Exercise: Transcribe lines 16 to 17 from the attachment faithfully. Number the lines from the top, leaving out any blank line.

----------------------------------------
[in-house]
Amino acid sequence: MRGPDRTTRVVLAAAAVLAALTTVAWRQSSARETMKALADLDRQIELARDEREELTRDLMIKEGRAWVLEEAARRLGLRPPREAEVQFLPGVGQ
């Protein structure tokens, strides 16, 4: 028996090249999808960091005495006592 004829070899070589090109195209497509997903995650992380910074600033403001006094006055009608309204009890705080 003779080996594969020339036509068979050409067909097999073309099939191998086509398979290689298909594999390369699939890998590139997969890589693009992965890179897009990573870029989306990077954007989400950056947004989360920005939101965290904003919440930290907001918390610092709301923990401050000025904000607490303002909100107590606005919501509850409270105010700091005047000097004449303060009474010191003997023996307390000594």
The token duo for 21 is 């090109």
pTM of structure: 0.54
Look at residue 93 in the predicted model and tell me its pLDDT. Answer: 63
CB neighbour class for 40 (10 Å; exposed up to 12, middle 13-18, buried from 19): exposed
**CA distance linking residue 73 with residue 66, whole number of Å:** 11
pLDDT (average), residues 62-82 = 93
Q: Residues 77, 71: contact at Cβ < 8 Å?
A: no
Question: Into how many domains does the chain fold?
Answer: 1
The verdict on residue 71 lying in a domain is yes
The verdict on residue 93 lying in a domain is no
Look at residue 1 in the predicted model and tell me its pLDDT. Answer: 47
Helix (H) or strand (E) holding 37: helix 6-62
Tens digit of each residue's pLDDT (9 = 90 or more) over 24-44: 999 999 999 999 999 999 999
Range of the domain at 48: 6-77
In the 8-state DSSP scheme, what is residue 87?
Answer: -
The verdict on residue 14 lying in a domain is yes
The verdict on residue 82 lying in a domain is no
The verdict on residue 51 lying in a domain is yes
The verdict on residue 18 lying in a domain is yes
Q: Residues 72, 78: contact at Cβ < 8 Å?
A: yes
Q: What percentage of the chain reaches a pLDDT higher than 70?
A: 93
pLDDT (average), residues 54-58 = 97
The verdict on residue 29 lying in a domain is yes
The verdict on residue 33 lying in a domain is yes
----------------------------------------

Look at residue 1 in the predicted model and tell me its pLDDT. Answer: 47
Helix (H) or strand (E) holding 37: helix 6-62